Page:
Once in Mexico, Varo took on a variety of jobs, hand painting furniture and restoring pre-Columbian artifacts. In 1942, she worked with Marc Chagall, a fellow refugee from Air-Bel in Marseilles, designing costumes for Leon Massine’s ballet, Aleko. Remedios completed a painting in 1957 entitled Women’s Tailor which shows the wild imagination she had when it came to costume designs. The setting is a showroom in an haute-couture fashion house and we see the dress designer proudly parading his models wearing his dresses in front of a potential client. She had always loved designing and making clothes and would often design clothes for many of the exiled Surrealist costume parties.
Remedios Varo’s main source of income in the late 1940’s was the work she did for Casa Bayer (the Bayer pharmaceutical company). She was tasked with illustrating their promotional literature. One example of this was her work, Insomnia, which was incorporated into a pamphlet advertising Bayer’s sleeping pills, which included the words warning of the trauma of insomnia:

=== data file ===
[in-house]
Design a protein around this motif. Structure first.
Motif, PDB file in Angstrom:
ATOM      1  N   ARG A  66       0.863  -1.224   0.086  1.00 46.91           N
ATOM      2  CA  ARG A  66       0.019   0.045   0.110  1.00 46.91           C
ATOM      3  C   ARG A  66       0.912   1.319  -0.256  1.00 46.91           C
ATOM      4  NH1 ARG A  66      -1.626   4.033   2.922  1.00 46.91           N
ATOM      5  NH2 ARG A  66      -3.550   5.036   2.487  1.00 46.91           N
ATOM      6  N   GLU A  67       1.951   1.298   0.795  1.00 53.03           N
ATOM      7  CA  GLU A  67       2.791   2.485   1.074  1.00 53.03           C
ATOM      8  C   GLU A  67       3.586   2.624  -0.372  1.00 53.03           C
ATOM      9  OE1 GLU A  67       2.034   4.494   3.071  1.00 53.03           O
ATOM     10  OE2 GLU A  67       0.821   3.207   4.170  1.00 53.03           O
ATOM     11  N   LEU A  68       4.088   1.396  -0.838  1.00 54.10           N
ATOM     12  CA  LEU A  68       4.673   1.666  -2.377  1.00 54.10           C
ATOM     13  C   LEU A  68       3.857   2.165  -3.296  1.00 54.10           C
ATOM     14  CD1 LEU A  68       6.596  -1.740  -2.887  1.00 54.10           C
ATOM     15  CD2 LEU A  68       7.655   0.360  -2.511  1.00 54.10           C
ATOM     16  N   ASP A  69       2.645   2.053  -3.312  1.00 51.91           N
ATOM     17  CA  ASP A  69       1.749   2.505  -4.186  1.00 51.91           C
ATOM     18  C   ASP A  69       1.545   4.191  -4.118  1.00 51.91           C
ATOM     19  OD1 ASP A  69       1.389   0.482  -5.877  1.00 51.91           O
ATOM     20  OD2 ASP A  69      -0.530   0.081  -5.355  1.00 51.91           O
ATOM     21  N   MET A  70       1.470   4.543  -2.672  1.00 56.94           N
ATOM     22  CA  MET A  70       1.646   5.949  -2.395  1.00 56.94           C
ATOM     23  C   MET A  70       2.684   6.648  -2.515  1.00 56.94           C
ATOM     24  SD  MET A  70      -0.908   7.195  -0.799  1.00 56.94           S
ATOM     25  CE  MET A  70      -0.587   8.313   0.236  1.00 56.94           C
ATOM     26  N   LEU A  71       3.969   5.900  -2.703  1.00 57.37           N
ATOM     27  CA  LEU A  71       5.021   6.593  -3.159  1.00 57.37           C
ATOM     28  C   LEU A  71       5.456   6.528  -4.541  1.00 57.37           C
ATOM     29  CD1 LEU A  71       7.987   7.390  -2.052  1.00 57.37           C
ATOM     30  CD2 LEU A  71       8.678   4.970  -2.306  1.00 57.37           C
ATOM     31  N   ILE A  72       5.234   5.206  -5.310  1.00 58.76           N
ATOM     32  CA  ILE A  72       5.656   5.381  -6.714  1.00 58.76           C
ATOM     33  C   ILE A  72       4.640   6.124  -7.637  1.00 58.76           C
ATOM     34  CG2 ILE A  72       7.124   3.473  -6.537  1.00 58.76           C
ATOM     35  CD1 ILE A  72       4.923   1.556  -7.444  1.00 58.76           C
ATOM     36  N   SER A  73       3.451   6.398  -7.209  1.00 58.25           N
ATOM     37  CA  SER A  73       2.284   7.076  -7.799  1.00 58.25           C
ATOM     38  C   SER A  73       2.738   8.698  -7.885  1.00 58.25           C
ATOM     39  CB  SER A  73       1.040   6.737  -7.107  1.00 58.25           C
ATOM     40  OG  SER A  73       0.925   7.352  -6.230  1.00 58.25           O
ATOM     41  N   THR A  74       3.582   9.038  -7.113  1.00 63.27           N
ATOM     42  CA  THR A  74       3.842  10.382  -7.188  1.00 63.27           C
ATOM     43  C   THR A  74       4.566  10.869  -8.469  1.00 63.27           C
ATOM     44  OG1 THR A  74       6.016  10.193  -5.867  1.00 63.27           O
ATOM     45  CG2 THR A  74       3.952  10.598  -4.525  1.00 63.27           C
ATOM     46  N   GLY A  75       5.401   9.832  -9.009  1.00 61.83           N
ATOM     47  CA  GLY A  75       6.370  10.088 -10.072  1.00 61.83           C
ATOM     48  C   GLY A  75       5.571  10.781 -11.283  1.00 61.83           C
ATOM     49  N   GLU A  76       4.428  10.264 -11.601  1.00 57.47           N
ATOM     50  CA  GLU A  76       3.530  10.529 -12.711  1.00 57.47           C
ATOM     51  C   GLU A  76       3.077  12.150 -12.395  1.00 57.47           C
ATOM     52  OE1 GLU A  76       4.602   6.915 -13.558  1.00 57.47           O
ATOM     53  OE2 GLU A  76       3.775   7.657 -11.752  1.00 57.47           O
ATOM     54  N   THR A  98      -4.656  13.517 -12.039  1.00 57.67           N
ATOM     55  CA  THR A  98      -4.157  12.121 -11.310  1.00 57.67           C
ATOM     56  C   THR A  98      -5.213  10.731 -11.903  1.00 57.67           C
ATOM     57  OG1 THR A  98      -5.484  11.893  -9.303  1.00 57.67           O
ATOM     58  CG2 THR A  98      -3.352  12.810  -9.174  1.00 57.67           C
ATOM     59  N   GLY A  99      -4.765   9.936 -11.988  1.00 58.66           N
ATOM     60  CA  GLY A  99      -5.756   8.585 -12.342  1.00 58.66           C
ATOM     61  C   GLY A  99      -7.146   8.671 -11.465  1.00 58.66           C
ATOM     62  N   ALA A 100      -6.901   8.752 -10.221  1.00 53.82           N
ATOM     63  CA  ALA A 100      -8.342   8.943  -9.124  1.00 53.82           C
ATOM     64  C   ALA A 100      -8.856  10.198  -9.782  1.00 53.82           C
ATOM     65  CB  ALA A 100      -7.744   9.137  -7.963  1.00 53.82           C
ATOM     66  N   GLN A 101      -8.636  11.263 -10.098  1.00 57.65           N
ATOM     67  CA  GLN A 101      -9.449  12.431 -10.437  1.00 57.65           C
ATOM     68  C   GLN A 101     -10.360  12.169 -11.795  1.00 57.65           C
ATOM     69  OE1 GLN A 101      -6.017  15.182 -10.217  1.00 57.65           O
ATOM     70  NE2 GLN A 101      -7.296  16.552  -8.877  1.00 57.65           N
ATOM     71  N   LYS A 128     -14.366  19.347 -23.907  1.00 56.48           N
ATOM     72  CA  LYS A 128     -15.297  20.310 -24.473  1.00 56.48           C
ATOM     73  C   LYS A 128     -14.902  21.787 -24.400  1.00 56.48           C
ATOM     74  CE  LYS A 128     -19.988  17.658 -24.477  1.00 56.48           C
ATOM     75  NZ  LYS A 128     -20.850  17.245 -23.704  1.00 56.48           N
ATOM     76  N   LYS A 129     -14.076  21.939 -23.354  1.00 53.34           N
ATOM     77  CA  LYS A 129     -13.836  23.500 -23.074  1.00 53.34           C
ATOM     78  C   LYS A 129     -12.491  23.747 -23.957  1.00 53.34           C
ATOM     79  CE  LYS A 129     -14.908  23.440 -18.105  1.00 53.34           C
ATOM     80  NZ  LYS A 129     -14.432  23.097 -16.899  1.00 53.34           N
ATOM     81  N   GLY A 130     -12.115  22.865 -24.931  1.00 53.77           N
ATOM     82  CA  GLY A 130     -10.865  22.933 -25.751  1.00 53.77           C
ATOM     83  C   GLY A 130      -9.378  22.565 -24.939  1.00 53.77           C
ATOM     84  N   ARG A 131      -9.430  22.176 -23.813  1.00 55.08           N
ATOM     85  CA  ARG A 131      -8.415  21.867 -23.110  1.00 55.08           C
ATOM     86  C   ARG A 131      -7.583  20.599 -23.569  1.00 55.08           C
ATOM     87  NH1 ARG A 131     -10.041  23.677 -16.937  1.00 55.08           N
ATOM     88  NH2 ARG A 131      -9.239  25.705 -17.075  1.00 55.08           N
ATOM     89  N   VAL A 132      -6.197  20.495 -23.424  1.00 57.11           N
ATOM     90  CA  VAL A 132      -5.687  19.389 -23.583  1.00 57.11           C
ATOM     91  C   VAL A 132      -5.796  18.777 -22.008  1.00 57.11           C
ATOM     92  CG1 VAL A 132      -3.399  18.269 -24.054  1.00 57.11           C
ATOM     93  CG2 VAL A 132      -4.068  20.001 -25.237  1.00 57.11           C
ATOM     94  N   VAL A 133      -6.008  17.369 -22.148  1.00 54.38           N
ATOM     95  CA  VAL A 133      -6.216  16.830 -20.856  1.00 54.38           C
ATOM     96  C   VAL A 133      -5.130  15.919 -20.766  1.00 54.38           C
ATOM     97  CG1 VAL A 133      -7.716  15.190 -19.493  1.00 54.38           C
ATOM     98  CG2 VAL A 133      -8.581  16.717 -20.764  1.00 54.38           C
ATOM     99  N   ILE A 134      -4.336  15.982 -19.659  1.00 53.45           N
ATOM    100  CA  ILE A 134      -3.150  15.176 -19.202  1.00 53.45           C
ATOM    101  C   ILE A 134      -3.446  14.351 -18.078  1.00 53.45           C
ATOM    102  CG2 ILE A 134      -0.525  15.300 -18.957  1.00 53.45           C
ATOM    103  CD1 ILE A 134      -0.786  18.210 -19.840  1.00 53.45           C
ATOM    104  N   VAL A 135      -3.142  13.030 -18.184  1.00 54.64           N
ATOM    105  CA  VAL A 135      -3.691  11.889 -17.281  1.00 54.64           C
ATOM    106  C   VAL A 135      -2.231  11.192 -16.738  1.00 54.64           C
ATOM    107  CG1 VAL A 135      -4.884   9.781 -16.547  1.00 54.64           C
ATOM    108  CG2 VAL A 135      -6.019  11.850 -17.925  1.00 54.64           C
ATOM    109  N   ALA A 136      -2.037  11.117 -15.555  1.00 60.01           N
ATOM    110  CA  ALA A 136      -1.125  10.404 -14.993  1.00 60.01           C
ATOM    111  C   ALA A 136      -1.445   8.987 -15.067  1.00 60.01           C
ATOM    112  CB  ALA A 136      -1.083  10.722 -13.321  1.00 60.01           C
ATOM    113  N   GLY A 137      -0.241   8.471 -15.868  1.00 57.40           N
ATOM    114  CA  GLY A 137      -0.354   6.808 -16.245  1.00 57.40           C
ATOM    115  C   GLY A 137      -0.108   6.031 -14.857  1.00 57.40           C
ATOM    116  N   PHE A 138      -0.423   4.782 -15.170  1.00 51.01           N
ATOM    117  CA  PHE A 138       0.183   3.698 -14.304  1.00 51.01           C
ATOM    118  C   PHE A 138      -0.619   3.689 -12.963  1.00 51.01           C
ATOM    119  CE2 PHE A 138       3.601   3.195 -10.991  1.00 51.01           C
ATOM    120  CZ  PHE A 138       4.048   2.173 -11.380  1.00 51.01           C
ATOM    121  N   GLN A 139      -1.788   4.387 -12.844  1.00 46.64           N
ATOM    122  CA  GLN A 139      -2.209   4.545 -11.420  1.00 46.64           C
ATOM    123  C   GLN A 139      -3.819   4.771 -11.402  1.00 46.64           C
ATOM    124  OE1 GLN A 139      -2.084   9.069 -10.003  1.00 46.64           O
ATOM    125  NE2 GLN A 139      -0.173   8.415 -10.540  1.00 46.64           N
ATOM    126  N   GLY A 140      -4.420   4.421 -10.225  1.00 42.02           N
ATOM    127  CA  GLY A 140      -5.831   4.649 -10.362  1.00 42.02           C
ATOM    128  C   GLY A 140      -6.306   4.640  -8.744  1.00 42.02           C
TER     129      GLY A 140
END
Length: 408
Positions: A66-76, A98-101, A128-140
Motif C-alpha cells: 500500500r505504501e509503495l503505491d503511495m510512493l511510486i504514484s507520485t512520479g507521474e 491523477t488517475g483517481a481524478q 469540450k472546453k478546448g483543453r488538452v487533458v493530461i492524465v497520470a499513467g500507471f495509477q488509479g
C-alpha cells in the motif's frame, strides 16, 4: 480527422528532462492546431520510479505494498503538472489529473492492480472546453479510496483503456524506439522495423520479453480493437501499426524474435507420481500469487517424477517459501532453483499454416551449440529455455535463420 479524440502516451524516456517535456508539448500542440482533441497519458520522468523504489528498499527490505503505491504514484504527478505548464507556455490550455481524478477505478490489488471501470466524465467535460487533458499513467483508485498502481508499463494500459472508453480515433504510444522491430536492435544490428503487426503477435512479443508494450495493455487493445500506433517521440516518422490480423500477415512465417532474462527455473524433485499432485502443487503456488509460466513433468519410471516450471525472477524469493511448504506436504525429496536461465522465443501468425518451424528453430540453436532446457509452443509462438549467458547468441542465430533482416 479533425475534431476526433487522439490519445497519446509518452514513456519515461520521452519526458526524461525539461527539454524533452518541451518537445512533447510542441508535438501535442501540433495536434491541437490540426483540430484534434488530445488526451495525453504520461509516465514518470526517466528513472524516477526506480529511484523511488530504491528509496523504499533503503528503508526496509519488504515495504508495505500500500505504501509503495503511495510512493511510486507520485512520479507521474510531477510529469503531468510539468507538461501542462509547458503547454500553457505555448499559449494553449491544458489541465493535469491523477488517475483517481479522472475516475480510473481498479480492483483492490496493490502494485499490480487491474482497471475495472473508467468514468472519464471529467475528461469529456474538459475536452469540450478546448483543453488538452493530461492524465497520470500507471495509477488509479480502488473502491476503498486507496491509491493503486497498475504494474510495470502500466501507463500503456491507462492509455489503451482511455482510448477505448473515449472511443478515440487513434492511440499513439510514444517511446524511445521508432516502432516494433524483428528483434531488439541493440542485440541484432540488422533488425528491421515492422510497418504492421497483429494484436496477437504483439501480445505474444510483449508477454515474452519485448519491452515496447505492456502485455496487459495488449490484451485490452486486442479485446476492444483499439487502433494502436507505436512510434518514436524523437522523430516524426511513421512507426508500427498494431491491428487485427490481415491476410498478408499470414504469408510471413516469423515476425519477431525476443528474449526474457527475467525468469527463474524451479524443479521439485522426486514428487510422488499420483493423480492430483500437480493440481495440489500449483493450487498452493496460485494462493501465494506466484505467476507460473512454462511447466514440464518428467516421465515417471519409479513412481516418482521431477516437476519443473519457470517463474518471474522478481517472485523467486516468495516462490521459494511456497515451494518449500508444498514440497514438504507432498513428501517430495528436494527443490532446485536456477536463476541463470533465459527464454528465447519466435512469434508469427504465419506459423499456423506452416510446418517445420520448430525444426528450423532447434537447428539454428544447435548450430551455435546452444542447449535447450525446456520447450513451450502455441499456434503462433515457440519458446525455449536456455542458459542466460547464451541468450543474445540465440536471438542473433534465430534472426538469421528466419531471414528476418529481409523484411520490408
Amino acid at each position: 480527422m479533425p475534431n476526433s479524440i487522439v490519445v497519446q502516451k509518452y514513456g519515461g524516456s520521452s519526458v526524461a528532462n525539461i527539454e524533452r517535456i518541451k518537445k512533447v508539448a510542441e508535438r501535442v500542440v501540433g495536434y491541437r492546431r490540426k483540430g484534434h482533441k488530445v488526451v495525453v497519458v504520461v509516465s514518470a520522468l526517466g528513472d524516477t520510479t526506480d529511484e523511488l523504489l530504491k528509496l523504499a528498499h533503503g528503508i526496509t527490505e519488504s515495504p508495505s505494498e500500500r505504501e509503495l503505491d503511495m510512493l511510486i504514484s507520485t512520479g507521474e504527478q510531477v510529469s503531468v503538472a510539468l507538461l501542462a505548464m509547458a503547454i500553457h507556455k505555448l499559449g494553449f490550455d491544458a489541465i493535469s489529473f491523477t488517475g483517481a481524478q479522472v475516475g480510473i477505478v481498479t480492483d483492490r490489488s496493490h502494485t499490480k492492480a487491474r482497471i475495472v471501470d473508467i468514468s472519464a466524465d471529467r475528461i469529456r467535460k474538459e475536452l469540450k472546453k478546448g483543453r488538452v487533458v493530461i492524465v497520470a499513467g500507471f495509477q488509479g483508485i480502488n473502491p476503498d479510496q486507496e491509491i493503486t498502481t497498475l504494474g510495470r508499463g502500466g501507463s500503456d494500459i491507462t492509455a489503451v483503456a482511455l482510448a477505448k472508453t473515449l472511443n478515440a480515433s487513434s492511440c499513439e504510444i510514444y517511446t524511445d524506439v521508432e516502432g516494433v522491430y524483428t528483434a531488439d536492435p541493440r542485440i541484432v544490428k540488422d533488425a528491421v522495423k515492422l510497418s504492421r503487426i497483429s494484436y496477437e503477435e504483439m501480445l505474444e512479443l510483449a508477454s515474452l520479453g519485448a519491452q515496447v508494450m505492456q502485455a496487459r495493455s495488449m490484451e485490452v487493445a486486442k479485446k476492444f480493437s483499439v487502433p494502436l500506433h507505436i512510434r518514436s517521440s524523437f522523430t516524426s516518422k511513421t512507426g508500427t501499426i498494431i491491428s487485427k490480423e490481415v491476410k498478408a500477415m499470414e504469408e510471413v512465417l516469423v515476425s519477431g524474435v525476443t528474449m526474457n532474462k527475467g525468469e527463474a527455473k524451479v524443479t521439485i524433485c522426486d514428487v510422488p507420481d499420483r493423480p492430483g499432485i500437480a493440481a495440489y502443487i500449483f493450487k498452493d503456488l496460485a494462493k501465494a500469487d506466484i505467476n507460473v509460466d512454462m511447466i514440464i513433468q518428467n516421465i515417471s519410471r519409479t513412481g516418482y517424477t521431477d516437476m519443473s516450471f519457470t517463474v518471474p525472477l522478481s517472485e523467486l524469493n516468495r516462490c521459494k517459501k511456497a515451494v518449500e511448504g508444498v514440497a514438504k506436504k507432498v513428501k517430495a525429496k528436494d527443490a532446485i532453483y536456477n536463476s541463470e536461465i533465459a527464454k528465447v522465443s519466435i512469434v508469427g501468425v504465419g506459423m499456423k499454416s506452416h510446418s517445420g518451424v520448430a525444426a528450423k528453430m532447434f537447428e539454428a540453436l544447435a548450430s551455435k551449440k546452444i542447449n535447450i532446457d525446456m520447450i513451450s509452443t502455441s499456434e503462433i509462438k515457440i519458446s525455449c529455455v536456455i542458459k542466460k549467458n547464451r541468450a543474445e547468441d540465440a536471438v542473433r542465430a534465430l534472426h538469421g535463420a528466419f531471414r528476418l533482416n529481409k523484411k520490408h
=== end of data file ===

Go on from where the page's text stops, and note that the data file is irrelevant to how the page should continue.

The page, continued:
“…Sensing that someone has been observing them, they open tired eyelids, searching the nocturnal shadows ! Undefined anxiety fills the solitude of the dark, dry rooms, devoid of warmth…”
Another pamphlet Remedios illustrated was one focusing on back pain which Bayer pharmaceuticals could alleviate. The horrors of the ailment were summed up by Bayer in their leaflet:
“…As if sharp nails are being driven into flesh…..into the joints, into the bones, into the nerves…..!!! These are the sensations that one can suffer, Rheumatism….lumbago….sciatica….! !…”
Remedios Varo’s illustration for the 1947 Bayer pamphlet entitled Rheumatism, lumbago, sciatica, added greater force to the words. In the work we see a man depicted running through a boulder-strewn field with pointed objects piercing his feet and body. In the background there is a castle with conical towers and crenelated walls which harks back to the Spanish castles of Varo’s childhood.
It is also believed that Varo drew inspiration for this depiction of spikes and nails entering the man’s body from Freda Kahlo’s 1944 work Broken Column which she painted as a reminder of how her body had been broken and put together again after she was involved in traffic accident whilst riding on an old wooden bus, which collided with a streetcar. Several people were killed, and Kahlo suffered nearly fatal injuries—an iron handrail impaled her through her pelvis, fracturing the bone. She also fractured several ribs, her legs, and her collarbone which was to leave her in pain for the rest of her life.